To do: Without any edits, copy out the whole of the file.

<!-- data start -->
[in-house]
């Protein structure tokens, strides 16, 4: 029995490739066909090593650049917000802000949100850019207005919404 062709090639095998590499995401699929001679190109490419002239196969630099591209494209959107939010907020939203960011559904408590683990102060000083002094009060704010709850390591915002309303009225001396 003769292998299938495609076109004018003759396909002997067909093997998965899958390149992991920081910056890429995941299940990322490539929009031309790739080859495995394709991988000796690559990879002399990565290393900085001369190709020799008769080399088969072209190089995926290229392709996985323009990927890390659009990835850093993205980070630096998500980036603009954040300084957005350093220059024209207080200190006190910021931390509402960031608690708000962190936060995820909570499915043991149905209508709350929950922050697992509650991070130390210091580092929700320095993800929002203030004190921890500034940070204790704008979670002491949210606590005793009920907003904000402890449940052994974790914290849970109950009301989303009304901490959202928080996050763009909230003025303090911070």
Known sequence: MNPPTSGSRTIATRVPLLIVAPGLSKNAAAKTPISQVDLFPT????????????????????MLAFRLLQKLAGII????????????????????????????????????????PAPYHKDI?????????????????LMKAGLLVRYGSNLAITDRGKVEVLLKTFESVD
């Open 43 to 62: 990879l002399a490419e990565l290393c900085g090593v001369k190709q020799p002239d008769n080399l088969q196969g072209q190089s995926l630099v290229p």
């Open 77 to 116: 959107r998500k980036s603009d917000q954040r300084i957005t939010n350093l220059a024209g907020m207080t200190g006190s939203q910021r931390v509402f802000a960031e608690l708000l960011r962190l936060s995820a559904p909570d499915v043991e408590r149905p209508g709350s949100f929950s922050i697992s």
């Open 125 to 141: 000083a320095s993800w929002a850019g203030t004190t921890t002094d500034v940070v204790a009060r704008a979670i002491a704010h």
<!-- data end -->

[in-house]
């Protein structure tokens, strides 16, 4: 029995490739066909090593650049917000802000949100850019207005919404 062709090639095998590499995401699929001679190109490419002239196969630099591209494209959107939010907020939203960011559904408590683990102060000083002094009060704010709850390591915002309303009225001396 003769292998299938495609076109004018003759396909002997067909093997998965899958390149992991920081910056890429995941299940990322490539929009031309790739080859495995394709991988000796690559990879002399990565290393900085001369190709020799008769080399088969072209190089995926290229392709996985323009990927890390659009990835850093993205980070630096998500980036603009954040300084957005350093220059024209207080200190006190910021931390509402960031608690708000962190936060995820909570499915043991149905209508709350929950922050697992509650991070130390210091580092929700320095993800929002203030004190921890500034940070204790704008979670002491949210606590005793009920907003904000402890449940052994974790914290849970109950009301989303009304901490959202928080996050763009909230003025303090911070």
Known sequence: MNPPTSGSRTIATRVPLLIVAPGLSKNAAAKTPISQVDLFPT????????????????????MLAFRLLQKLAGII????????????????????????????????????????PAPYHKDI?????????????????LMKAGLLVRYGSNLAITDRGKVEVLLKTFESVD
């Open 43 to 62: 990879l002399a490419e990565l290393c900085g090593v001369k190709q020799p002239d008769n080399l088969q196969g072209q190089s995926l630099v290229p």
């Open 77 to 116: 959107r998500k980036s603009d917000q954040r300084i957005t939010n350093l220059a024209g907020m207080t200190g006190s939203q910021r931390v509402f802000a960031e608690l708000l960011r962190l936060s995820a559904p909570d499915v043991e408590r149905p209508g709350s949100f929950s922050i697992s």
């Open 125 to 141: 000083a320095s993800w929002a850019g203030t004190t921890t002094d500034v940070v204790a009060r704008a979670i002491a704010h």